Learn About Sexuality

Intercourse needs to continue until ejaculation

Imagine a woman who is more like a man. She approaches sexual activity already aroused and she is turned-on by stimulating a lover’s genitals. So she behaves like a man. First she licks and sucks on his nipples. Then she does the same for his testicles. She caresses and kisses his body all over from head to toe. She homes in on his penis and gives him fantastic oral sex. Where would the human race be now if women behaved like this? Most men would ejaculate before they ever got to intercourse.

If we are to understand men and women’s sexuality, we must not forget that Nature wants us to engage foremost in intercourse. Male sex drive and women’s lack of responsiveness with a lover both work towards this goal. Women can continue stimulating a lover, even if only through the relatively effortless means of intercourse, because women are not aroused with a lover and therefore not focused on achieving their own orgasm. This makes women much more flexible and generous lovers than men. The concept of ‘multiple orgasm’ has been used to justify how women can continue sexual activity after orgasm. Such a phenomenon has more in common with sexual arousal than with orgasm.

Any activity that culminates in orgasm, naturally ends once a person has achieved orgasm. This explains why men lose interest in continuing sexual activity once they have had an orgasm. If women were responsive (and as responsive as men) then some would orgasm within 5 seconds, others 20 seconds, others 1 minute and so on. Yet men never comment on this variety of responsiveness between different women. The reason is that women have to be willing to co-operate with intercourse for as long as a man needs to ejaculate.

Women are expected to respond to a man’s desire for intercourse, which relies on his (not her) responsiveness. Kinsey’s work proved this. Kinsey found that couples have sex with a regularity that is directly related to the man’s responsiveness (or sex drive). Specifically, the frequency of intercourse has nothing to do with the woman’s responsiveness.

Male orgasm is the goal of intercourse, which provides men with the psychological turn-on of penetration and the emotional acceptance that makes sex so gratifying for them. The woman is merely a bystander during intercourse. Over time as a woman concludes that intercourse does not provide her with sexual pleasure, she may be motivated to ‘respond’ to intercourse (by using vocal turn-ons or simply by assisting with penile stimulation) so as to minimise the time taken by intercourse

Sex is vitally important to a man. At the same time, sex is trivial for a man. He only needs a woman to open her legs and then he does all the work but willingly of course. It all just happens. A man is blissfully unaware that it is a very different scenario for a woman. Intercourse is effortless for a woman but emotionally and erotically she feels nothing. So she easily feels used, disrespected and humiliated unless a man shows some loving appreciation for the pleasure she is allowing him to enjoy.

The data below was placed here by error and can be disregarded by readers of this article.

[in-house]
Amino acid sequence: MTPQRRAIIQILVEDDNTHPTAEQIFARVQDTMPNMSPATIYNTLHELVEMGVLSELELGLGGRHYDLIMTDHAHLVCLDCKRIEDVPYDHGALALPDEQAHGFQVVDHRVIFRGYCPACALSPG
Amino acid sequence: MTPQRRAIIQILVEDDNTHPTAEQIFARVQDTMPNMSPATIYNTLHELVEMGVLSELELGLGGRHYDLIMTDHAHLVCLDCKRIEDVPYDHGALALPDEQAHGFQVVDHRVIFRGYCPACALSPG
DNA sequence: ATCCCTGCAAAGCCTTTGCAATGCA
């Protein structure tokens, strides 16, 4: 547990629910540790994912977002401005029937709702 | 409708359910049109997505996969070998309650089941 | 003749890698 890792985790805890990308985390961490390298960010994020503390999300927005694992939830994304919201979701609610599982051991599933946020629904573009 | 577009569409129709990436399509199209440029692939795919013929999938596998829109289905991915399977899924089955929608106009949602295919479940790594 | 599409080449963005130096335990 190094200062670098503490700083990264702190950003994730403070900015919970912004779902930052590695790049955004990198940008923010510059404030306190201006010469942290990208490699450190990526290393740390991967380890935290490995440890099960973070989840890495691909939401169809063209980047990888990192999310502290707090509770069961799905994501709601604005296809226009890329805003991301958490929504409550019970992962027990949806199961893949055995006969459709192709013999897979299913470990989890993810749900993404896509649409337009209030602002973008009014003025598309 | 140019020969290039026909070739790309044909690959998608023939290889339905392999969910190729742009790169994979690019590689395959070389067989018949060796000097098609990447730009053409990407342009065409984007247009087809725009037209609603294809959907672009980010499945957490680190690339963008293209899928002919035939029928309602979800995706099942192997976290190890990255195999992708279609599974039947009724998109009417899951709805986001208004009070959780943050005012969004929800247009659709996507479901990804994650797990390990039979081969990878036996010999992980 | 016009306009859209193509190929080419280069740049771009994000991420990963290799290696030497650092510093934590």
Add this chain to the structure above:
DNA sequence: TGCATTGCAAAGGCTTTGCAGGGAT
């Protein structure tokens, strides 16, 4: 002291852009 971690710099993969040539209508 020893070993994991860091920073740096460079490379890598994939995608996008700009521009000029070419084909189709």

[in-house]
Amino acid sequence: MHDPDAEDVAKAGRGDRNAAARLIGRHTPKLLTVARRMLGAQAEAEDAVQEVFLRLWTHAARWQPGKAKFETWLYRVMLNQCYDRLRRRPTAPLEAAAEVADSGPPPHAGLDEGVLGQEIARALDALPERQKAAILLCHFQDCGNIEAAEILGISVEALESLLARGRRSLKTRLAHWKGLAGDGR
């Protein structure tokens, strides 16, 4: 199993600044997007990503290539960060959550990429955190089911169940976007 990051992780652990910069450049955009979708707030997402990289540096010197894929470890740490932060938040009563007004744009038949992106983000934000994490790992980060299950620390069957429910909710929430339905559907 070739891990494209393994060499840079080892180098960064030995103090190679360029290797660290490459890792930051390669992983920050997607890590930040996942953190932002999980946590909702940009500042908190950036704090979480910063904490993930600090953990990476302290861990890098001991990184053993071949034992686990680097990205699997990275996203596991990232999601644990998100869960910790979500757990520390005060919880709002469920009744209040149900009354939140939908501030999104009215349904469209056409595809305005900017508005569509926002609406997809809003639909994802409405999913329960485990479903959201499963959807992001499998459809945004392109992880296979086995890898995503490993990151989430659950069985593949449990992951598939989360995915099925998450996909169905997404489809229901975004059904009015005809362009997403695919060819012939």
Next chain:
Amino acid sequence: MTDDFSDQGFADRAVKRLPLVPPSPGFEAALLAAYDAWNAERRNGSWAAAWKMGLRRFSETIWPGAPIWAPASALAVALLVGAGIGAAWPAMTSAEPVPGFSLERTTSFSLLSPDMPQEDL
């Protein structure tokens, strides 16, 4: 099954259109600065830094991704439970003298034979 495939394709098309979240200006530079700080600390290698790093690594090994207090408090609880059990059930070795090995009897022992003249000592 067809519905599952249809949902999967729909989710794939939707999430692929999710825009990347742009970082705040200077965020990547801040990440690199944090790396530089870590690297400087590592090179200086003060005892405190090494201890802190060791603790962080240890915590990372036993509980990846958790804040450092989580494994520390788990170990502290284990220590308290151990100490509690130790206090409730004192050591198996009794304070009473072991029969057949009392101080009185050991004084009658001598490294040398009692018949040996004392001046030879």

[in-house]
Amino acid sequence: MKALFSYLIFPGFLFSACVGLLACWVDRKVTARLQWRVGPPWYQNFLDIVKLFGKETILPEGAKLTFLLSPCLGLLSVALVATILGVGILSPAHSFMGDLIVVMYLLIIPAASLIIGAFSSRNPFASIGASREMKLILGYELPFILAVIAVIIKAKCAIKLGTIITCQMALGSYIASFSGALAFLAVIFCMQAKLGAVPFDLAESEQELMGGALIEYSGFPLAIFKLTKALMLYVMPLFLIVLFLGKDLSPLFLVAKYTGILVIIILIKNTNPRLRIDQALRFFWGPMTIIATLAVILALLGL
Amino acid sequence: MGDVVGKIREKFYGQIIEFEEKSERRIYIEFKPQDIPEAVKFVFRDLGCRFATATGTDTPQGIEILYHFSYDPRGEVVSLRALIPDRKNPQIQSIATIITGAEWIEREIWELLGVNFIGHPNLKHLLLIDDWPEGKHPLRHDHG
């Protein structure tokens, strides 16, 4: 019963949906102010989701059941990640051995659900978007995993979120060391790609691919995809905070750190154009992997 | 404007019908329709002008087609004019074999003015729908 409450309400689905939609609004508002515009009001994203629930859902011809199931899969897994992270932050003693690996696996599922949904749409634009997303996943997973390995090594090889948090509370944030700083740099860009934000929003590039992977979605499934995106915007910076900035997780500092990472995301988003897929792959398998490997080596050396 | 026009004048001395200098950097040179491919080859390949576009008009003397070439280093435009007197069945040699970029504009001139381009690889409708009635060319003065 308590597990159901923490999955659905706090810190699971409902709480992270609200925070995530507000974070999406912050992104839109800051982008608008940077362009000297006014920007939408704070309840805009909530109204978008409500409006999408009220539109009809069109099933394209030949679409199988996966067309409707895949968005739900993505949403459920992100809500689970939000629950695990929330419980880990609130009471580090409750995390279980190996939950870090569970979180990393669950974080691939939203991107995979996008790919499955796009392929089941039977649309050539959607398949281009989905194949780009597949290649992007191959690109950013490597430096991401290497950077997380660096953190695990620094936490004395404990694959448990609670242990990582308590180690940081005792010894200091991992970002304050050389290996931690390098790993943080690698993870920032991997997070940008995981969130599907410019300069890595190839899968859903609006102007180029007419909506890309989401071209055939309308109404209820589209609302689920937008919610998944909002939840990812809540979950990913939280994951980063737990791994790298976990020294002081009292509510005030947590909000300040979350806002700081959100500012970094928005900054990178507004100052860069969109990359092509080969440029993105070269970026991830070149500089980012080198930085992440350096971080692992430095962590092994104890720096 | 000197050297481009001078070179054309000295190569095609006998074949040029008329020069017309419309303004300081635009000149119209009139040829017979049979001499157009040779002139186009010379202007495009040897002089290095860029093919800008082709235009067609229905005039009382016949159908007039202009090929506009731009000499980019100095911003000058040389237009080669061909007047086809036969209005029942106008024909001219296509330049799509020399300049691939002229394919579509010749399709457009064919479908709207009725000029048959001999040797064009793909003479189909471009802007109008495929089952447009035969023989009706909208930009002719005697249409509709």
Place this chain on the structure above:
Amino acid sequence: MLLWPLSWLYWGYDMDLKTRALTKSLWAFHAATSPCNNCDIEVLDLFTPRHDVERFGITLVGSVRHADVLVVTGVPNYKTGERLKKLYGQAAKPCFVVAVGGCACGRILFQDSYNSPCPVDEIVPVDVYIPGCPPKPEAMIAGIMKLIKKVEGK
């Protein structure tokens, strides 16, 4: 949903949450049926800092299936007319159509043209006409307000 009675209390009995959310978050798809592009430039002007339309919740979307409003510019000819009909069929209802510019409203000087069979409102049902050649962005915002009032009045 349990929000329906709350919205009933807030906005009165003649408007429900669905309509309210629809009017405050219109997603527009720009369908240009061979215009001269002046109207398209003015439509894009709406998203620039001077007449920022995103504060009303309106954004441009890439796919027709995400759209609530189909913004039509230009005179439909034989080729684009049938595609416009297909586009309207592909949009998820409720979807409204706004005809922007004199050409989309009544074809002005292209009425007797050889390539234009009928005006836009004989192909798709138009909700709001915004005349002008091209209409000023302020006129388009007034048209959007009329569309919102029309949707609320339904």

There’s a certain logic to a woman leaving the sexual initiative to a man. If he doesn’t want sex that much, then what’s the point? The more he wants sex with her, the more likely he will want a relationship with her. So an astute woman realises that it’s worth testing how much a man wants sex with her. Is it just a passing fantasy that evaporates over night? If so it may not be worth her while. Most women work out that men value sex more if they have to work for. It feels more like a conquest than when a woman just lays herself out before him.

Sexual activity between a man and a woman is always likely to focus on male arousal because men are so much more easily aroused but also once aroused they have an intense focus on achieving sexual release (orgasm). Intercourse is an obvious showcase for displaying male virility and specifically a man’s arousal cycle (from erection to ejaculation). Intercourse focuses on stimulation of the penis. A man initiates intercourse because he has an erection. A man must be aroused by a woman’s body, not just once, but often enough to impregnate her.

After intercourse, when the man has ejaculated his semen flows out of the woman’s vagina leaving a wet patch on the bed. Since women don’t want to sleep in pool of semen they usually make a dash for the bathroom. The wet patch tends to be on the woman’s side of the bed because it is the man who moves and puts himself on top of her. A woman can cup her hand under her vagina on her way to the bathroom so she doesn’t drip semen all the way. Men may also want to wash their penis after having intercourse.

Men’s challenge is to try and enjoy as much of their arousal as they can before they feel compelled to ejaculate through intercourse. Women’s challenge is to figure out how they can participate in an extended activity that is not aimed at achieving their own arousal or orgasm. For women quick intercourse is generally a plus. But they may miss ‘lovemaking’ including romantic kissing and non-genital touching.

Orgasms are elusive. Most women don’t have one every time (or maybe even most times) they hit the sheets. Plenty of surveys—and likely your own bedroom experience—verify that. (Anna Davies 2013)

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